Author Topic: Holmegaard, Muldbjerg and Nydam bows on display  (Read 18753 times)

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Offline Holten101

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Holmegaard, Muldbjerg and Nydam bows on display
« on: August 12, 2012, 04:48:41 am »
For all of you who dont have the chance to see some of these artefacts, some of which are quite unique, i took the opportunity to take some pictures from the exhibition at the Nationalmuseet in Copenhagen.

First of all i tried to get some angles of the Holmegaard bow that we rarely see. Second I got some shots of the Muldbjerg bow (3700 B.C). I am sorry that this will be a bit piture heavy. I will share a few thoughts along the way tho;-). I did get a few pics of the viking age Nydam yew bows too.

Holmegaard:
My first impression this time (I have seen it a few times…but now I have have alot more Elm bow under my belt) was puzzelment over the small size of the bow….its tiny (im quite tall mind you 191 cm). The handle is very short too, but the dimensions are clealy that of a hunting weight bow. The archer must have had a relative short draw and small hands….IF he shot and hold bows like we do today (Ishi didnt). I am not saying its a kids bow…but I think its appropiate to considder the possibility that kids came of age much earlier that now. I dont think its unreasonable to imagin that a 10-13 yr old was expected to provide by hunting (but thats all speculation;-)).
The is still absoulutly NO indication of shoulders on the upper limb (refering to the up and down of the sapling that was used, not how it was held). I am still convinced it had slightly working outer limbs and pyramid tiller.











Muldbjerg bow:
My first impression was Yumi;-)….but the bend is more likely a result of thaphomy. Ill be hard pressed to call this a flat bow. Its Elm, with a d- cross section (flat belly and high, rounded crown). Now this bows rings have been grossly violated on the back (belly too…but that is to be expected). It appears to be slightly to moderatly asymetrical (nocks are missing so I cant be sure). I am convinced that it had a slight bending handle tiller. To be honest this bow fasinates me more that the Holmegaard bow.

Frontview



back


Belly



Missing? Nocks:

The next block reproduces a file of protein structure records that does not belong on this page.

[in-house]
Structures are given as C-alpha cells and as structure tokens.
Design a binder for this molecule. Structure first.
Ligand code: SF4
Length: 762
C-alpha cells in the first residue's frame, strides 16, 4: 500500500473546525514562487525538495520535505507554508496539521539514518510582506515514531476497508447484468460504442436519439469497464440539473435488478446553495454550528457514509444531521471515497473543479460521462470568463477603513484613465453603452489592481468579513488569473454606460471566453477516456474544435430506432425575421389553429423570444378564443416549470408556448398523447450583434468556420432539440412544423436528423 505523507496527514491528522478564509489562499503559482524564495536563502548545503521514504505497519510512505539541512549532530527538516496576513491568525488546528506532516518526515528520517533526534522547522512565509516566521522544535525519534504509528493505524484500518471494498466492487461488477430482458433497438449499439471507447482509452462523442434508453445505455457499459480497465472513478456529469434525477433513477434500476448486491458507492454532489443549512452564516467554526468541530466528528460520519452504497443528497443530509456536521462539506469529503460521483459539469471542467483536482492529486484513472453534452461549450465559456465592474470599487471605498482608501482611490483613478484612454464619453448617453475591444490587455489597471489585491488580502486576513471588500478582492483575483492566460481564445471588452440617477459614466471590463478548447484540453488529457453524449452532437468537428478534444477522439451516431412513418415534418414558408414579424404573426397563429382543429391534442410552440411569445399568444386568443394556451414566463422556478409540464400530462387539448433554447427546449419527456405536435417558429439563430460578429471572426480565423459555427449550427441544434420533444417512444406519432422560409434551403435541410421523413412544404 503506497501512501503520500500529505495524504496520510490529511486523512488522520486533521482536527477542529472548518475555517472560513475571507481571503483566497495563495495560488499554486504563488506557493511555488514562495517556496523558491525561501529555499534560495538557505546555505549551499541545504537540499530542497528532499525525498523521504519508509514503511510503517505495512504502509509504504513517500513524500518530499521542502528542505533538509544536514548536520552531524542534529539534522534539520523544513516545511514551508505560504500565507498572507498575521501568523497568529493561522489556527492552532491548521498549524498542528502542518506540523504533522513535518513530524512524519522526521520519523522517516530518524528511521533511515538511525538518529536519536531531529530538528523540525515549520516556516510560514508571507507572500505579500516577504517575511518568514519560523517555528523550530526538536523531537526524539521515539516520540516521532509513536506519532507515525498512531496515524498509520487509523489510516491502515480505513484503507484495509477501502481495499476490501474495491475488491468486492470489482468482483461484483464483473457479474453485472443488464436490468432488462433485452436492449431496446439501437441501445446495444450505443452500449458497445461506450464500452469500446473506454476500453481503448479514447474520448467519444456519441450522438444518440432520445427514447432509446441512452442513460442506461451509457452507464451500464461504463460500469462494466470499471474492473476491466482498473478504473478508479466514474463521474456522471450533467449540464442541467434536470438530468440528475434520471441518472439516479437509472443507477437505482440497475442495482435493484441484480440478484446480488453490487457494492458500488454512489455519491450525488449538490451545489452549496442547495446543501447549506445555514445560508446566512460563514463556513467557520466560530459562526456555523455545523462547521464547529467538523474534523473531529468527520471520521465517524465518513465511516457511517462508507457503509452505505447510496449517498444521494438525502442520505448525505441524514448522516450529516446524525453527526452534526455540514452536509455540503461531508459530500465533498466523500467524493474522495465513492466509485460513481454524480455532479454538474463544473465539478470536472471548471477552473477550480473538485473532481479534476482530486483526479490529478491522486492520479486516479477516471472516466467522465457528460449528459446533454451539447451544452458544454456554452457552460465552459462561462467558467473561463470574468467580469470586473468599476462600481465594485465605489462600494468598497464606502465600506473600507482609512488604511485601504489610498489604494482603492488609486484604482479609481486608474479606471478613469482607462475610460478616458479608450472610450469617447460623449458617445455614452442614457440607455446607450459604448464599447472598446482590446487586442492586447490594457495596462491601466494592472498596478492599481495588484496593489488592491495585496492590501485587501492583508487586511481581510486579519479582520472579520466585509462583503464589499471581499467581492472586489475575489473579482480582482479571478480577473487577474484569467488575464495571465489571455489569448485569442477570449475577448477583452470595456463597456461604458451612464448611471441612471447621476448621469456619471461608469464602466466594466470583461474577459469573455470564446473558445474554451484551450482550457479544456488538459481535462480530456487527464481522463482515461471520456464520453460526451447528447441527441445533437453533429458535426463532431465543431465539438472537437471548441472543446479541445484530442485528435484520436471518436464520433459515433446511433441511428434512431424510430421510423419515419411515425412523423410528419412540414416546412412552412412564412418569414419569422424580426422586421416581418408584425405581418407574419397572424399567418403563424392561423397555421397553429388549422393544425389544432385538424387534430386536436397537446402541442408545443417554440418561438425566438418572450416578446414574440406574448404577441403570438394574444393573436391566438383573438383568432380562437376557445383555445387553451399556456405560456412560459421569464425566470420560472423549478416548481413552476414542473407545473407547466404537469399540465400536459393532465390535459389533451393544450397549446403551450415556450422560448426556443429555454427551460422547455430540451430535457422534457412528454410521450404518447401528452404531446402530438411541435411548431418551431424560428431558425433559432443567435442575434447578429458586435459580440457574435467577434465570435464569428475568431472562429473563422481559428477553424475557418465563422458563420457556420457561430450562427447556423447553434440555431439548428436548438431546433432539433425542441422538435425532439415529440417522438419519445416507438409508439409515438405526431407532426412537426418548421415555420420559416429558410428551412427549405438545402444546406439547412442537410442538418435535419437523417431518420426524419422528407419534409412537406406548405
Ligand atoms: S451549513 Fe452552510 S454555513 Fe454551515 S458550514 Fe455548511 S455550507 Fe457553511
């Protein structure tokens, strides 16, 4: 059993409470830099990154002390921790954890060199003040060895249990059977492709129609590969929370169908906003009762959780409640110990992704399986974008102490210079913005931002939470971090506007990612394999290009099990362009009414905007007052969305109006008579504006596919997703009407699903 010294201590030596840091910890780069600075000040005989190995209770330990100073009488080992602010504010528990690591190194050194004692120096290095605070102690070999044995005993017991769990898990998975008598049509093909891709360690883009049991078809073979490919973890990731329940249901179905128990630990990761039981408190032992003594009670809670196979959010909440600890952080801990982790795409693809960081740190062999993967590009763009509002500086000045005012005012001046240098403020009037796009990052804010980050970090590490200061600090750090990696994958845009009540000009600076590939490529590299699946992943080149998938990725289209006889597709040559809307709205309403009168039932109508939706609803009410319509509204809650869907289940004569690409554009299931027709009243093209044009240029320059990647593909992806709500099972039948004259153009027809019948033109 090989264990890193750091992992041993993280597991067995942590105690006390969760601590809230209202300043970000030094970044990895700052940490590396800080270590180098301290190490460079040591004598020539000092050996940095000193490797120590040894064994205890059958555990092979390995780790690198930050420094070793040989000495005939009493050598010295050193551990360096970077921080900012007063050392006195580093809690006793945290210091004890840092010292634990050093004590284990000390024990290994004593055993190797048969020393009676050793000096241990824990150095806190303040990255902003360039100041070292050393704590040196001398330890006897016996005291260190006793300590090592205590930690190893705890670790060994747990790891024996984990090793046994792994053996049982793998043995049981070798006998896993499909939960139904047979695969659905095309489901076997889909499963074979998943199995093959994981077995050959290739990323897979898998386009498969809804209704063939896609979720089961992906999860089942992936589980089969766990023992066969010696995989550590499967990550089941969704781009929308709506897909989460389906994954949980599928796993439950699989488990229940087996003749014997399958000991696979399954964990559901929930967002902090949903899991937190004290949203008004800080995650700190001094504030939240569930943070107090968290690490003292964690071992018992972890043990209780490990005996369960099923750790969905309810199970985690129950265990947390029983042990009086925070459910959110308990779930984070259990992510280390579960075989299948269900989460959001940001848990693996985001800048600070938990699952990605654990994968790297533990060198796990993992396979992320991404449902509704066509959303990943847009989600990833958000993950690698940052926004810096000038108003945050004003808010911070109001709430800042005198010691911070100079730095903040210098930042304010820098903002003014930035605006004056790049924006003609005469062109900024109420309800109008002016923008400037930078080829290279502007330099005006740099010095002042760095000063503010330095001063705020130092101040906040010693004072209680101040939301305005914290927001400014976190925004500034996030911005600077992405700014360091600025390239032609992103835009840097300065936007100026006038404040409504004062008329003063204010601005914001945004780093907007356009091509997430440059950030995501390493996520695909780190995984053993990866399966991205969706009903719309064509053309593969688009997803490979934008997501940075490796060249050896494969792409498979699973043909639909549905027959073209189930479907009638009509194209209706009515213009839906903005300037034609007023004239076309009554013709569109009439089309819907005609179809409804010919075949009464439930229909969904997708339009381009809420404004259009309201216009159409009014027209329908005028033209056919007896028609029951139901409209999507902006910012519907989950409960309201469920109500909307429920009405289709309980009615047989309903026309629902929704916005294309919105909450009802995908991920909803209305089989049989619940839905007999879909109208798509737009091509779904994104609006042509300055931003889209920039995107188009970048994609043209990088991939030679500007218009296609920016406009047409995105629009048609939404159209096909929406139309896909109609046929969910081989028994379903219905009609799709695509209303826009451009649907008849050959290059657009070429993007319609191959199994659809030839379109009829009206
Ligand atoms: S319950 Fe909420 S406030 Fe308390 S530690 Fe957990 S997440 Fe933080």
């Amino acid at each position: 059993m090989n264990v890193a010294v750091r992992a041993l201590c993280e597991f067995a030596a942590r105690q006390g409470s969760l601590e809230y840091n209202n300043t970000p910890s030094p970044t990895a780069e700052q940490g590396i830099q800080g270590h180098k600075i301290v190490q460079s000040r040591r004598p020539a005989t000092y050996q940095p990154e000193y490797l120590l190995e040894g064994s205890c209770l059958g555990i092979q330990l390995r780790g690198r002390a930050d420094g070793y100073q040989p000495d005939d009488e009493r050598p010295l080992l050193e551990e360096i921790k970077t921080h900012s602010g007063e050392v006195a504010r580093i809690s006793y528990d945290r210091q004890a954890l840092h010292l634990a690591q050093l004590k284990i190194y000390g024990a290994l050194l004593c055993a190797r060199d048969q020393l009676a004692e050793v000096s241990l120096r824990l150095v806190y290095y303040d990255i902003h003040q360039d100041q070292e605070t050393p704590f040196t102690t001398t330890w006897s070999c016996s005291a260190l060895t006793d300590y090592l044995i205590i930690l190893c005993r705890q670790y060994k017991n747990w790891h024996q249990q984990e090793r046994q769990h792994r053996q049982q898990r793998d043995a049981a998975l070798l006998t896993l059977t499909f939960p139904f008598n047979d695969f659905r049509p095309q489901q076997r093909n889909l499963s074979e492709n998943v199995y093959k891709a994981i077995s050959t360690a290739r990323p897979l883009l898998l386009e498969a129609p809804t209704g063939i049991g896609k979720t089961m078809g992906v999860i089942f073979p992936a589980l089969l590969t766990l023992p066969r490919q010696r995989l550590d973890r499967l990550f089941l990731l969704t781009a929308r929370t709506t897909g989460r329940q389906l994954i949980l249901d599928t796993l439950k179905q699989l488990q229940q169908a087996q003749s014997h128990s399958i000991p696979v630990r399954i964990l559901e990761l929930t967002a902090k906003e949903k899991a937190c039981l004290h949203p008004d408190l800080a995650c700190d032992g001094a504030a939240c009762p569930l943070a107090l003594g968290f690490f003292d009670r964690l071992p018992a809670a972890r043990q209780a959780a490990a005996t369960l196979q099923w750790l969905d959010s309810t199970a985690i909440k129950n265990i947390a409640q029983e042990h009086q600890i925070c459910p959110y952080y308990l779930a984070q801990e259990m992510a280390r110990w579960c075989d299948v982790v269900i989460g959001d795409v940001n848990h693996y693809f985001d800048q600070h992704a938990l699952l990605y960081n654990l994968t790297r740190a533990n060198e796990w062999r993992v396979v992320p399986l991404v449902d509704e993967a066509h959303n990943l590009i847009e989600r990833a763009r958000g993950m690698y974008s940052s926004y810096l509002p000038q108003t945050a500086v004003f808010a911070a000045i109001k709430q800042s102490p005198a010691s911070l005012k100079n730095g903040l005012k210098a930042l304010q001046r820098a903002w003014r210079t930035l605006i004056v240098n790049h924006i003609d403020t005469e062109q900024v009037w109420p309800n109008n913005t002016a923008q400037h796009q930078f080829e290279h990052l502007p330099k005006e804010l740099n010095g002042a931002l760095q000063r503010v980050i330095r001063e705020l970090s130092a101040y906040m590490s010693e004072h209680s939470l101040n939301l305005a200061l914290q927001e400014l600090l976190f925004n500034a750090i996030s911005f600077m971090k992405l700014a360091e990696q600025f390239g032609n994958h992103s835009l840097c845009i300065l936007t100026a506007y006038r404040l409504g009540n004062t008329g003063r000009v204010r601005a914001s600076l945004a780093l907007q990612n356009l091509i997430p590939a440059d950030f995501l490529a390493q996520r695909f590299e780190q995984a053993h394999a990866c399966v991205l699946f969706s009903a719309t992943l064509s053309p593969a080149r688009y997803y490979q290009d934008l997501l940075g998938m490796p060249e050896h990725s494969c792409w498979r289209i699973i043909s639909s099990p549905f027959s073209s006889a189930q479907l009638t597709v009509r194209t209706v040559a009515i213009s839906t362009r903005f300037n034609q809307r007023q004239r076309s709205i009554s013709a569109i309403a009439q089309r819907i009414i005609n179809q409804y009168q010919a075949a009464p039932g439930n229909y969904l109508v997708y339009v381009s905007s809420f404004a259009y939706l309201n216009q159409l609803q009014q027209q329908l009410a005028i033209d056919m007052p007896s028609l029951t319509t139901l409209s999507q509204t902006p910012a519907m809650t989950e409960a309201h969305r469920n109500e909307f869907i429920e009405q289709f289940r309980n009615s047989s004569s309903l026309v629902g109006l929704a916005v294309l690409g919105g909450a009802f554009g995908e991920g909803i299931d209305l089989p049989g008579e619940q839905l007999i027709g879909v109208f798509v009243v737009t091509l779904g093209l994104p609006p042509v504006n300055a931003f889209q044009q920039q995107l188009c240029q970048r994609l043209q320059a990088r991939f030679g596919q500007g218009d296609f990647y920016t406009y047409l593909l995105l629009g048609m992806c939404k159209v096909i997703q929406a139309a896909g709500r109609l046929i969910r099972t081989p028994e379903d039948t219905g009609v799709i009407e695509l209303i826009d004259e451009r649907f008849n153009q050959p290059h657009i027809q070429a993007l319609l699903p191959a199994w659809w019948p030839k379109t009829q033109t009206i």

Handle:


Associated arrows and text:



Some Nydam yew goodies:



Quiver:


Im sorry about the quality, but thats the result of Iphone vs. display glass and poor skill;-).

Ill try and answer questions the best I can…I do have a few more pics too.

thanks for watching

Cheers

Offline DarkSoul

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Re: Holmegaard, Muldbjerg and Nydam bows on display
« Reply #1 on: August 12, 2012, 05:19:15 am »
Wow, that's very cool! We don't see too many pictures of old actual artefacts. It's always the same picture that keep popping up of the Holmgard bow.

That Muldbjerg bow is in extremely nice condition. I'm amazed you actually see the rings so well. As if the bow is only a hundred years old. Why would this bow not be made 'backwards'? The extremely violated back is weird...how did you decide what is the belly and what is the back?
"Sonuit contento nervus ab arcu."
Ovid, Metamorphoses VI-286

Offline Holten101

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Re: Holmegaard, Muldbjerg and Nydam bows on display
« Reply #2 on: August 12, 2012, 05:33:33 am »
Wow, that's very cool! We don't see too many pictures of old actual artefacts. It's always the same picture that keep popping up of the Holmgard bow.

That Muldbjerg bow is in extremely nice condition. I'm amazed you actually see the rings so well. As if the bow is only a hundred years old. Why would this bow not be made 'backwards'? The extremely violated back is weird...how did you decide what is the belly and what is the back?